Todd Adams of Glimmer Graphics has a beautiful new limited edition print by Jeffrey Jones available for purchase on his company’s Web site. “I have published over 50 fine art prints through the years,” writes Todd, “and this is the finest print quality I have seen to date.” Here’s a link to the order page. And here’s a copy of the image Todd sent out to promote the print:
Jones created the above painting for Meisha Merlin Publishing’s deluxe limited edition of the first book in George R. R. Martin’s “A Song of Fire & Ice” epic. The new Glimmer Graphics print is comprised of 375 signed and numbered copies, as well as 25 artist proof copies, all on 500 g/m² acid-free, ultra-smooth paper. Sheet size is 22 x 16 inches, with an image size of 19 x 12.5 inches.
BONUS CONTENT (added 13 December 2011):
What follows are all of the images from a “work in progress” page that appeared on Jeffrey Jones’s official website, which since Jones’s death has disappeared from the Web; the images are presented in the same order that Jones presented them on the original page:
On a separate page entitled “Painting Methods,” Jones wrote:
I stretch my own canvases and prefer linen, unprimed. Two coats of gesso with sanding on each dry coat. Bristle brushes, filberts give me the texture and quality of surface I like. I use no mediums, just turpentine. My palette consists of three yellows, yellow ochre pale, raw sienna and chrome yellow. The reds I use are venetian, burnt umber, burnt sienna and cadmium. I like oxide of chromium for green, all other greens are mixed. Ultramarine is the only blue I use. When painting I consider complements and mix them together on the palette, using a bit of a complement in each mixture. For example, I might make a purple using ultramarine and venetian red and add a bit of ochre to temper it. If I use a yellow I add a little purple to temper that color. I never use black but mix it using several dark colors together. I like to paint wet in wet to keep the painting “soupy”.
I usually start a painting with a house painting brush, covering up the white of the canvas and laying in dark and light shapes. Then come some middle tones. I think in tone at first and color later. I do a lot of scraping and wiping in the beginning-at this point it’s all rather abstract.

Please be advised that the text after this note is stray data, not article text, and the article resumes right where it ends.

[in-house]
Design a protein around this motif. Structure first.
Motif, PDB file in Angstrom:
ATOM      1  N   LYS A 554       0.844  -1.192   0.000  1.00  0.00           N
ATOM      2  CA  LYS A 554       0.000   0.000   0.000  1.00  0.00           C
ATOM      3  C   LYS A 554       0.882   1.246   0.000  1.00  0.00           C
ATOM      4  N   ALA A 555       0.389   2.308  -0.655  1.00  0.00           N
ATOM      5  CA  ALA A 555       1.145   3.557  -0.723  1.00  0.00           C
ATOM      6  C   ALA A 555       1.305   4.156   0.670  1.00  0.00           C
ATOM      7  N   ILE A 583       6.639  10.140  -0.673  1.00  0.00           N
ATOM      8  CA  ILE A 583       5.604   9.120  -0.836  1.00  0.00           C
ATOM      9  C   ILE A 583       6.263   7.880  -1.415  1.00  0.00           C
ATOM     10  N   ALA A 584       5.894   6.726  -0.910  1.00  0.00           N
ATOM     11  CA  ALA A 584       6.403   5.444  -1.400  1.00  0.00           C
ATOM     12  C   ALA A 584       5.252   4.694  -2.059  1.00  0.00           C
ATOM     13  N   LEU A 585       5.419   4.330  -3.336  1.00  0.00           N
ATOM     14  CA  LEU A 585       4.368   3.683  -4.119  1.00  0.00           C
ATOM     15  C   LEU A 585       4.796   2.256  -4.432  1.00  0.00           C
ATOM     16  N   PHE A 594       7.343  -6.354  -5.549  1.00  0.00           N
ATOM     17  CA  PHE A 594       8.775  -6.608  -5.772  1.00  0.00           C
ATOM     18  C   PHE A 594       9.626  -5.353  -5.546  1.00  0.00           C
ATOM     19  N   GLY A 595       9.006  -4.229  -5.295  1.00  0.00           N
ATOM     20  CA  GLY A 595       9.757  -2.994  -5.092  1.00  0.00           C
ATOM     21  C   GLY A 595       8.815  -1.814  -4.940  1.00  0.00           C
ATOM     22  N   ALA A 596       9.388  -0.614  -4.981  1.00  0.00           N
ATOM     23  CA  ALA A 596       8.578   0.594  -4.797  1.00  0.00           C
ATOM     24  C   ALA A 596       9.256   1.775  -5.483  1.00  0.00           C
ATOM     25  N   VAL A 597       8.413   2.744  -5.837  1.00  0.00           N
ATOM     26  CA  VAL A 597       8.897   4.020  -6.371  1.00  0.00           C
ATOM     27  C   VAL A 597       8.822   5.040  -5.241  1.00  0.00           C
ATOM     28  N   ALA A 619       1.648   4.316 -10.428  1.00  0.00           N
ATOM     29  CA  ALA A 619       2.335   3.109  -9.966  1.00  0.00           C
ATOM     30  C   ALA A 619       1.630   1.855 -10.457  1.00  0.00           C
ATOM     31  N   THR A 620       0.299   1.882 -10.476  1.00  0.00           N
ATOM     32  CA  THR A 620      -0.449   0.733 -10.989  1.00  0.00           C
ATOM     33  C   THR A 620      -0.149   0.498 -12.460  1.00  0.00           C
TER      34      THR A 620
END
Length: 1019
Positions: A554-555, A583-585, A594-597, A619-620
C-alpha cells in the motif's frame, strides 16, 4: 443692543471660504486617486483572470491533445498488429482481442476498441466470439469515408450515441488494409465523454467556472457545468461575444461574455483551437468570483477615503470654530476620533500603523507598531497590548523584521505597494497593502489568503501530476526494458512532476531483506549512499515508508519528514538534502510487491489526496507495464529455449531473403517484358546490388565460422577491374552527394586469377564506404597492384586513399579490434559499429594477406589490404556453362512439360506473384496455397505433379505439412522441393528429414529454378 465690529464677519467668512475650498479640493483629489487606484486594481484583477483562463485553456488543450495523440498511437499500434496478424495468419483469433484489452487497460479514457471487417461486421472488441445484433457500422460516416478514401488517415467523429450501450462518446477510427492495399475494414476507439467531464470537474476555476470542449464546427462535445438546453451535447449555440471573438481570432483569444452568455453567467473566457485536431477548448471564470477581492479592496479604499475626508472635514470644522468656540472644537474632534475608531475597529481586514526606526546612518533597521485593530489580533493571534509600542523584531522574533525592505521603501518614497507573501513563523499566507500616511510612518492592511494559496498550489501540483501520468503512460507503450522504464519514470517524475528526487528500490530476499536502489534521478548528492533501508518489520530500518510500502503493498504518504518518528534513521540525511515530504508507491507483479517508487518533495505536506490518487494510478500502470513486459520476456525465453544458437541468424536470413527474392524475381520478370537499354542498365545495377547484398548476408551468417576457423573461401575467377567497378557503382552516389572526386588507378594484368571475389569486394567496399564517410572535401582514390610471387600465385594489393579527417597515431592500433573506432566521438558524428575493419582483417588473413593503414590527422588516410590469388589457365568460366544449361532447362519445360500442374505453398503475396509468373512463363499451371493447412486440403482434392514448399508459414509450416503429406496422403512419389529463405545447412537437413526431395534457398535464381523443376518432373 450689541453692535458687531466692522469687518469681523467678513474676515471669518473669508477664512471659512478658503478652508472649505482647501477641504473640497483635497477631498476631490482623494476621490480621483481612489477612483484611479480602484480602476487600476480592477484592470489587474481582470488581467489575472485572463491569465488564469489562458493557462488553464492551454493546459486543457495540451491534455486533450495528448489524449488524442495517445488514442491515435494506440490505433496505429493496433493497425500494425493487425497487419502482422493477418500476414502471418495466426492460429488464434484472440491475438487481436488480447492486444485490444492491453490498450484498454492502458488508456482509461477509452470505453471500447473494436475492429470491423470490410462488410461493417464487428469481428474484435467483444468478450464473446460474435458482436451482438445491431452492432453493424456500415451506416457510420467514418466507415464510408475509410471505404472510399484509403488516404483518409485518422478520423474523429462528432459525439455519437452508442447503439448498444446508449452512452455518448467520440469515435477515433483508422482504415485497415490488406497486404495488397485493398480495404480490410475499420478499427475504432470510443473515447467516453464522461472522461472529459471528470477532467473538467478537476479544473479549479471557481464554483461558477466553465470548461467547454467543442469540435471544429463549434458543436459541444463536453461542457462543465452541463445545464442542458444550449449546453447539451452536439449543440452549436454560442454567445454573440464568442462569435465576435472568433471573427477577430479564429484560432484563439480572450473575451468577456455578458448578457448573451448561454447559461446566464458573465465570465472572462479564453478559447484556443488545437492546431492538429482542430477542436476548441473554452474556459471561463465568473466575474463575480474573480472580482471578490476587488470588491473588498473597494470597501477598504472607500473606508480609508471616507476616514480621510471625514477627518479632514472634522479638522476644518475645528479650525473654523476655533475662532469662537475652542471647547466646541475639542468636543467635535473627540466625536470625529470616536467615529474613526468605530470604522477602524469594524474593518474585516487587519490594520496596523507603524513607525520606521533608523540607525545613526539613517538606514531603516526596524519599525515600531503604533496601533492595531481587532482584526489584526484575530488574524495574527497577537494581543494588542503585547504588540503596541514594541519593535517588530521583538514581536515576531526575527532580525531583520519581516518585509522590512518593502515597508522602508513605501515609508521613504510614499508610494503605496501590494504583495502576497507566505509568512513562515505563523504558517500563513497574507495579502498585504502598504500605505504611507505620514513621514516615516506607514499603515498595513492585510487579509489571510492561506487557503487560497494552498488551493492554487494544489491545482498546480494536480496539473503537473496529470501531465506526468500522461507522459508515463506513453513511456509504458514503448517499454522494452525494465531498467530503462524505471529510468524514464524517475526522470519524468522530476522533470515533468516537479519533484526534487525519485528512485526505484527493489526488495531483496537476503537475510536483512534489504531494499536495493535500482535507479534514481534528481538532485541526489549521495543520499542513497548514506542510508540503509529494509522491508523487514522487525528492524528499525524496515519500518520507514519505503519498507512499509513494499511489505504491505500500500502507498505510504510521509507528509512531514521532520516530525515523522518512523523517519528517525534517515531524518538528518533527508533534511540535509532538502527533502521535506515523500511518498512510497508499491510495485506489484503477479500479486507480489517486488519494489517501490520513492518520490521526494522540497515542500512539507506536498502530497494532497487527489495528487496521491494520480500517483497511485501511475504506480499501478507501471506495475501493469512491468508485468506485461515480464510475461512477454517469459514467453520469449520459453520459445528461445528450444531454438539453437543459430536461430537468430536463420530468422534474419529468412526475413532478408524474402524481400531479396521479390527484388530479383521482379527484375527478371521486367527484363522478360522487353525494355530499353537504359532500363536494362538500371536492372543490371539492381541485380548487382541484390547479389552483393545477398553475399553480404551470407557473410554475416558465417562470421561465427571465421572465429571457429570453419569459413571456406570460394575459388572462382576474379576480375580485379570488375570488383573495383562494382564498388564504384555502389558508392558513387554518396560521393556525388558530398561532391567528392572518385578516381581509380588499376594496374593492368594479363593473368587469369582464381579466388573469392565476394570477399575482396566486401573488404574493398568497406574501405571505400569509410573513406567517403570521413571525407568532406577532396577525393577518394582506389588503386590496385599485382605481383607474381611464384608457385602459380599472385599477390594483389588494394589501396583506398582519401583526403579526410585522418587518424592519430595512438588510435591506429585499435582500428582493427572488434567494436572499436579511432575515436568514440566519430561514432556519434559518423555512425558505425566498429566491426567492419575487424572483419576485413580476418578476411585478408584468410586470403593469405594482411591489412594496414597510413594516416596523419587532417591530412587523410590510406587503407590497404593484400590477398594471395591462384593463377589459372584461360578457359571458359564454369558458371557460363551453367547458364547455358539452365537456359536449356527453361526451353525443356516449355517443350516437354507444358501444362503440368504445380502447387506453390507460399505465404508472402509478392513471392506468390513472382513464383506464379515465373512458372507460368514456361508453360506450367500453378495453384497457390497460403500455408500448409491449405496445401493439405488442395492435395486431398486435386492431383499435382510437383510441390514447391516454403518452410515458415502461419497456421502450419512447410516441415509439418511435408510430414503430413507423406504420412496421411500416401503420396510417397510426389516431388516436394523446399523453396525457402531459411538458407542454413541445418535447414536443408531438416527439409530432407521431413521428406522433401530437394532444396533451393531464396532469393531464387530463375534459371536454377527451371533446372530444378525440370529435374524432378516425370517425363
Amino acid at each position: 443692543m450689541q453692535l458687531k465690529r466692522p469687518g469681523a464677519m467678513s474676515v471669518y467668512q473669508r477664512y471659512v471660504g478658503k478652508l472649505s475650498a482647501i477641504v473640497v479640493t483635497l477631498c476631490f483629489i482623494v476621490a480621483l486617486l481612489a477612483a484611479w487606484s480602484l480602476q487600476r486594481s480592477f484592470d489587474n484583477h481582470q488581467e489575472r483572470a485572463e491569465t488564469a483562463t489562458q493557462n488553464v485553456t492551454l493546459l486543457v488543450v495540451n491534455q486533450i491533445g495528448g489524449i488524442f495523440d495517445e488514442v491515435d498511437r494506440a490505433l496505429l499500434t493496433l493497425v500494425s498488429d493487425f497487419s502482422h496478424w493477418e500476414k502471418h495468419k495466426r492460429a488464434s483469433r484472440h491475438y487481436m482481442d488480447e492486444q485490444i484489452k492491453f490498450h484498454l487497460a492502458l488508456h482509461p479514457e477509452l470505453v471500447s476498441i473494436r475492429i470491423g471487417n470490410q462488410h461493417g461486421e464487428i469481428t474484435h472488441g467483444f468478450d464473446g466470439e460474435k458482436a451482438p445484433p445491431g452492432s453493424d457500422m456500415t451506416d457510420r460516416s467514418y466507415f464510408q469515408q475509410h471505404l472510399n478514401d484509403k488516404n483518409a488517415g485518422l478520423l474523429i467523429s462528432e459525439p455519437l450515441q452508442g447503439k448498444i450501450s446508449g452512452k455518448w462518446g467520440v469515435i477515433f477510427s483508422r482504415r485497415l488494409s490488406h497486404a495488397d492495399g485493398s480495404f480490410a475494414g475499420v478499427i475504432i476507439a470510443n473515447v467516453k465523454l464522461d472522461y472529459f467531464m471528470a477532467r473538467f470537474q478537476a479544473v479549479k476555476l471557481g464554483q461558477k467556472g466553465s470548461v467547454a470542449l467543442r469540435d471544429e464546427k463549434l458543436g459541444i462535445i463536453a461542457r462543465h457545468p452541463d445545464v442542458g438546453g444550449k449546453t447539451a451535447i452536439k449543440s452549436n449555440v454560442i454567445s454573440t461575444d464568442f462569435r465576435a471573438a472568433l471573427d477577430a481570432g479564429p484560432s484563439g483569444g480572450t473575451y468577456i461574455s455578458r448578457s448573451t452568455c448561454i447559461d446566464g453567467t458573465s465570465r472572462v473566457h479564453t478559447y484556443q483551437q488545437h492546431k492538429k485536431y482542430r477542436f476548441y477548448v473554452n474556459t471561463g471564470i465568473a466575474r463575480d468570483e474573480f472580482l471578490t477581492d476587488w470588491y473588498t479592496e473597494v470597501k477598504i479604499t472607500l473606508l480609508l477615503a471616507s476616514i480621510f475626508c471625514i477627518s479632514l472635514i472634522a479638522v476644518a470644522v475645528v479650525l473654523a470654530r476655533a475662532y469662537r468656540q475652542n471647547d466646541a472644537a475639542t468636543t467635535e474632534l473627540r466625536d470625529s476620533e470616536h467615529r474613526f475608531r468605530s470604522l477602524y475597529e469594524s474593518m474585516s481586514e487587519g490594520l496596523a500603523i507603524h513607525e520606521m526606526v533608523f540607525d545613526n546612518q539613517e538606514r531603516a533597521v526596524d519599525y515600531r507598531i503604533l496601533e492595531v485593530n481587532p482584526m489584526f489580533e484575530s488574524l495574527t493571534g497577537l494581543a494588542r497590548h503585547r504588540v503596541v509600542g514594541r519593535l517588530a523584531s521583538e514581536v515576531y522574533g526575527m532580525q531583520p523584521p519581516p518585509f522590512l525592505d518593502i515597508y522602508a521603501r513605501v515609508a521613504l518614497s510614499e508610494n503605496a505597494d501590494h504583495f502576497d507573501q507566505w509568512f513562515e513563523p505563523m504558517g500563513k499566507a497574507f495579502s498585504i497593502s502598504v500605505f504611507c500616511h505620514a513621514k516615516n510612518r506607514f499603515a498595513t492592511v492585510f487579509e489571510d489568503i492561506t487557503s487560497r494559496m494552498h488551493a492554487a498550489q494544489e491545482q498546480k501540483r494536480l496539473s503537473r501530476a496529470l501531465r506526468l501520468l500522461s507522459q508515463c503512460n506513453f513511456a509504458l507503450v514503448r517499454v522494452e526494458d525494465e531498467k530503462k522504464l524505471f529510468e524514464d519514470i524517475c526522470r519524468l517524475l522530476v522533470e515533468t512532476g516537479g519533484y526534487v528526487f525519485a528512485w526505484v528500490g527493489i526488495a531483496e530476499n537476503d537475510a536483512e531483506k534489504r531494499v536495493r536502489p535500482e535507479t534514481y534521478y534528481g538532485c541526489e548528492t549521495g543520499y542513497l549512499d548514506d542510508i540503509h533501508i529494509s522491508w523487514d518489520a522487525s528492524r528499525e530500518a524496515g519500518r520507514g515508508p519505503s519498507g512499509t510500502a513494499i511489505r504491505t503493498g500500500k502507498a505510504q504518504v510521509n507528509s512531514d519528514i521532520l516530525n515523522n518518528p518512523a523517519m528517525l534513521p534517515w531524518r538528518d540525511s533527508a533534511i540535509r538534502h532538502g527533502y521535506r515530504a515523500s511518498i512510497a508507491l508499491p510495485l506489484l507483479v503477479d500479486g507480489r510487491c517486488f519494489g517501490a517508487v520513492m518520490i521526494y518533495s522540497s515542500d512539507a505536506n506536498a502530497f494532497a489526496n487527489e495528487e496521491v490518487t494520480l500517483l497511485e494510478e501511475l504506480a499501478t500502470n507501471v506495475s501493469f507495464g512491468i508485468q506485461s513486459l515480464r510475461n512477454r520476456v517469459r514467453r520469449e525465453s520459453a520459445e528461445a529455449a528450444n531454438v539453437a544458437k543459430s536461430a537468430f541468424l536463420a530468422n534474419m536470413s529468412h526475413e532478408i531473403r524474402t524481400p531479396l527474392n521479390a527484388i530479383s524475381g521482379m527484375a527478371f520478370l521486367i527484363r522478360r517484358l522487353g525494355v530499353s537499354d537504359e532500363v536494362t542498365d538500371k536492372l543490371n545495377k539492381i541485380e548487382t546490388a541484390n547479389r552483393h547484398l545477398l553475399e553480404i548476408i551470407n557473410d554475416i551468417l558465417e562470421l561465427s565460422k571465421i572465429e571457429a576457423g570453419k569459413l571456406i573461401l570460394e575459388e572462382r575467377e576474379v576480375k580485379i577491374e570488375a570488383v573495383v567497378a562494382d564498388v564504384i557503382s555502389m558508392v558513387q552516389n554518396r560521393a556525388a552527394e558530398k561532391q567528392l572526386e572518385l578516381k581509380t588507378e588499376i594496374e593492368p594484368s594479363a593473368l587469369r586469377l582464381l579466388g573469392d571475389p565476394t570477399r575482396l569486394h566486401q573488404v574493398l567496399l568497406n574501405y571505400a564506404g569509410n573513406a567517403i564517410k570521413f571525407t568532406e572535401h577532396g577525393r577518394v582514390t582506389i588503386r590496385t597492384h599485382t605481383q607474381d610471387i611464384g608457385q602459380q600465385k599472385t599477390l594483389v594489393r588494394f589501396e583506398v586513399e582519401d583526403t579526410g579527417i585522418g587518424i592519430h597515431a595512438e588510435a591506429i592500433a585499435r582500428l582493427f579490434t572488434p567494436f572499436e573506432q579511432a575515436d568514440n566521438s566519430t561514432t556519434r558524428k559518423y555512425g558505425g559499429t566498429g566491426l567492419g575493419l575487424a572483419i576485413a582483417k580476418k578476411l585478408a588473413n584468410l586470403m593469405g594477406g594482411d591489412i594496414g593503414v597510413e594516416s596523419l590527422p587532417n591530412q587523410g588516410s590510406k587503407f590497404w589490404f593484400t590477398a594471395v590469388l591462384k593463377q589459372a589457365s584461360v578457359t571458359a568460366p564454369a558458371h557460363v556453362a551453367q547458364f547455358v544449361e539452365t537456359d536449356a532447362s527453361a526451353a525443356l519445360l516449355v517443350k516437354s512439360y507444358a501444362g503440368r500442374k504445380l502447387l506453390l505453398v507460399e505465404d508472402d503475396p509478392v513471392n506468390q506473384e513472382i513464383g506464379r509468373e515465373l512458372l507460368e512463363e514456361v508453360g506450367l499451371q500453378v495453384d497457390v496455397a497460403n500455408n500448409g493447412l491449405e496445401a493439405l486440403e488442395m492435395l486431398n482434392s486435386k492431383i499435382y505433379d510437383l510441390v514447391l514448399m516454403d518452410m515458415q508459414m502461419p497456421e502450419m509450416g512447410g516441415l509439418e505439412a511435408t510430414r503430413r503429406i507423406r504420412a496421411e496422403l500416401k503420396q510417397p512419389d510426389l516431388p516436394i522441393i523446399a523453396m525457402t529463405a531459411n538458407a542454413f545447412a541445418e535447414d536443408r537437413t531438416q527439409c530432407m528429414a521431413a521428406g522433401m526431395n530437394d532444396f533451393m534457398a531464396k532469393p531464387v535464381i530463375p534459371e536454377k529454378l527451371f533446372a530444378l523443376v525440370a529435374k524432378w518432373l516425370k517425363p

I don’t know how many ways there are of working but what I’ve found, and it took some time, is perhaps peculiar to me. The most exciting thing is a blank white canvas or piece of paper–anything can happen. This is why I’ve long ago gotten away from scripts and manuscripts. I’m not really an illustrator. It’s probably my education in German Abstract Expressionism where whatever happens on a piece of art happens all the time. There is no real beginning and no end, there is just a time to abandon. I honestly never know what the “finish” will look like. I’ve said this before so bear with me here. The work and I have a “conversation”. There are times it listens to me and times I must listen to it. As long as it’s a “we” process there are no dull bits. There are impasses where I have to put it aside for a while but that’s not boredom. Boredom can just be another word for anger. For almost 30 years I have written my own comics, and the writing is done along with the drawing, not beforehand. It’s the same with painting. The narrative, which is often ambiguous, evolves with time. If it does indeed ever get dull then it is finished.
I always use titanium white because of it’s opaqueness and covering ability. It doesn’t matter which white you use, mixing white with any primary color will give you a pasty pastel. You have to mix the colors before adding white. Also lack of pastiness depends on which colors are next to each other.
…Howard Pyle advised his students, “Put light colors next to light colors and dark colors next to darks, then where you want the viewer to descend, put dark next to light.” This is a good rule of thumb.
Please note that the above description of Jones’s material preferences and process in oil has been cut and pasted, without alteration, from the original “Painting Methods” page on Jones’s official website.
BONUS CONNECTION (added 24 February 2014):